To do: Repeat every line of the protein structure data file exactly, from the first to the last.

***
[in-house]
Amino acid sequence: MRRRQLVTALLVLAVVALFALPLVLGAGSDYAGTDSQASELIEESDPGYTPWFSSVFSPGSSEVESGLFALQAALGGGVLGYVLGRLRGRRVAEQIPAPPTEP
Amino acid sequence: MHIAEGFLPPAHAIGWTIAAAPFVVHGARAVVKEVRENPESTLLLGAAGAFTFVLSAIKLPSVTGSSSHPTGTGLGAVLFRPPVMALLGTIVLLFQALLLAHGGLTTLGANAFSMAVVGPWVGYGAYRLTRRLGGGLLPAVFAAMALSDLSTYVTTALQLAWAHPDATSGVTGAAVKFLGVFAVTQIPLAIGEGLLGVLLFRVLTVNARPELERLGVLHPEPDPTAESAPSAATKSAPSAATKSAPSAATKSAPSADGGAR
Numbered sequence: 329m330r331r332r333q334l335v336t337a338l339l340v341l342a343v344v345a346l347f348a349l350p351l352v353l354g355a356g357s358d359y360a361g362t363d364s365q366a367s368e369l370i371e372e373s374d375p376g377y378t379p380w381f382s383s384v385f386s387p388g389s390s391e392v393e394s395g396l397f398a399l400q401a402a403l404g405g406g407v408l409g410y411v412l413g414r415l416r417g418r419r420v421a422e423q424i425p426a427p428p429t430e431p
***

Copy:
[in-house]
Amino acid sequence: MRRRQLVTALLVLAVVALFALPLVLGAGSDYAGTDSQASELIEESDPGYTPWFSSVFSPGSSEVESGLFALQAALGGGVLGYVLGRLRGRRVAEQIPAPPTEP
Amino acid sequence: MHIAEGFLPPAHAIGWTIAAAPFVVHGARAVVKEVRENPESTLLLGAAGAFTFVLSAIKLPSVTGSSSHPTGTGLGAVLFRPPVMALLGTIVLLFQALLLAHGGLTTLGANAFSMAVVGPWVGYGAYRLTRRLGGGLLPAVFAAMALSDLSTYVTTALQLAWAHPDATSGVTGAAVKFLGVFAVTQIPLAIGEGLLGVLLFRVLTVNARPELERLGVLHPEPDPTAESAPSAATKSAPSAATKSAPSAATKSAPSADGGAR
Numbered sequence: 329m330r331r332r333q334l335v336t337a338l339l340v341l342a343v344v345a346l347f348a349l350p351l352v353l354g355a356g357s358d359y360a361g362t363d364s365q366a367s368e369l370i371e372e373s374d375p376g377y378t379p380w381f382s383s384v385f386s387p388g389s390s391e392v393e394s395g396l397f398a399l400q401a402a403l404g405g406g407v408l409g410y411v412l413g414r415l416r417g418r419r420v421a422e423q424i425p426a427p428p429t430e431p